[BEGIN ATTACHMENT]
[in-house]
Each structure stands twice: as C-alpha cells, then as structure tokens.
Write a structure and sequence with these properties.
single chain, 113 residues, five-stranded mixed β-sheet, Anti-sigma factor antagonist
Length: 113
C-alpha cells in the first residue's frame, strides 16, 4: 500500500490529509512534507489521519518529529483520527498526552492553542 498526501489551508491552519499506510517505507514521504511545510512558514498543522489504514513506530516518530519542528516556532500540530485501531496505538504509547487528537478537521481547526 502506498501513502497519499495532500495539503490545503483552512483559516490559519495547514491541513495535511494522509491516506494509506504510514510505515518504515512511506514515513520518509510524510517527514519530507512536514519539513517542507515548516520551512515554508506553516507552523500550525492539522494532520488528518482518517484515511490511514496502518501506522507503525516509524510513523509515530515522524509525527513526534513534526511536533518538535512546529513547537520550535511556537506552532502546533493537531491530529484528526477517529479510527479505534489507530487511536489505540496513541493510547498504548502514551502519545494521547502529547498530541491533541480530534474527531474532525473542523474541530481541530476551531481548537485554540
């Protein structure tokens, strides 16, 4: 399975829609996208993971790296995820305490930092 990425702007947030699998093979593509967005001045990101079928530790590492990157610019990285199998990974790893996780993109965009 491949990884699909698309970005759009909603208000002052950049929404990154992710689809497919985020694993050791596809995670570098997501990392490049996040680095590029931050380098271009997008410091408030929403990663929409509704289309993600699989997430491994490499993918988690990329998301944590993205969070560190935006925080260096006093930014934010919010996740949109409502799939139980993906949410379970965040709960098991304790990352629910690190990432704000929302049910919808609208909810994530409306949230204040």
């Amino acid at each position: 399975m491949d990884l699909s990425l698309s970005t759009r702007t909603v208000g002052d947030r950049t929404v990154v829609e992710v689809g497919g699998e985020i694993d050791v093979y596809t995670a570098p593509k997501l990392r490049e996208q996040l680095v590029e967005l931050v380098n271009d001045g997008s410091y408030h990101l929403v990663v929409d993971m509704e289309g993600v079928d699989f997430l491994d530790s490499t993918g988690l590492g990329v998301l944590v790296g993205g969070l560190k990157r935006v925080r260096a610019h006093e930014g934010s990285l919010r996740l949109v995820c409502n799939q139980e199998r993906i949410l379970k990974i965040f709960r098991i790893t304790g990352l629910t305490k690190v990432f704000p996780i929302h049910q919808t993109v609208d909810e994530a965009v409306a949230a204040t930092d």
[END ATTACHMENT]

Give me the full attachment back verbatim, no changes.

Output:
[in-house]
Each structure stands twice: as C-alpha cells, then as structure tokens.
Write a structure and sequence with these properties.
single chain, 113 residues, five-stranded mixed β-sheet, Anti-sigma factor antagonist
Length: 113
C-alpha cells in the first residue's frame, strides 16, 4: 500500500490529509512534507489521519518529529483520527498526552492553542 498526501489551508491552519499506510517505507514521504511545510512558514498543522489504514513506530516518530519542528516556532500540530485501531496505538504509547487528537478537521481547526 502506498501513502497519499495532500495539503490545503483552512483559516490559519495547514491541513495535511494522509491516506494509506504510514510505515518504515512511506514515513520518509510524510517527514519530507512536514519539513517542507515548516520551512515554508506553516507552523500550525492539522494532520488528518482518517484515511490511514496502518501506522507503525516509524510513523509515530515522524509525527513526534513534526511536533518538535512546529513547537520550535511556537506552532502546533493537531491530529484528526477517529479510527479505534489507530487511536489505540496513541493510547498504548502514551502519545494521547502529547498530541491533541480530534474527531474532525473542523474541530481541530476551531481548537485554540
């Protein structure tokens, strides 16, 4: 399975829609996208993971790296995820305490930092 990425702007947030699998093979593509967005001045990101079928530790590492990157610019990285199998990974790893996780993109965009 491949990884699909698309970005759009909603208000002052950049929404990154992710689809497919985020694993050791596809995670570098997501990392490049996040680095590029931050380098271009997008410091408030929403990663929409509704289309993600699989997430491994490499993918988690990329998301944590993205969070560190935006925080260096006093930014934010919010996740949109409502799939139980993906949410379970965040709960098991304790990352629910690190990432704000929302049910919808609208909810994530409306949230204040």
């Amino acid at each position: 399975m491949d990884l699909s990425l698309s970005t759009r702007t909603v208000g002052d947030r950049t929404v990154v829609e992710v689809g497919g699998e985020i694993d050791v093979y596809t995670a570098p593509k997501l990392r490049e996208q996040l680095v590029e967005l931050v380098n271009d001045g997008s410091y408030h990101l929403v990663v929409d993971m509704e289309g993600v079928d699989f997430l491994d530790s490499t993918g988690l590492g990329v998301l944590v790296g993205g969070l560190k990157r935006v925080r260096a610019h006093e930014g934010s990285l919010r996740l949109v995820c409502n799939q139980e199998r993906i949410l379970k990974i965040f709960r098991i790893t304790g990352l629910t305490k690190v990432f704000p996780i929302h049910q919808t993109v609208d909810e994530a965009v409306a949230a204040t930092d």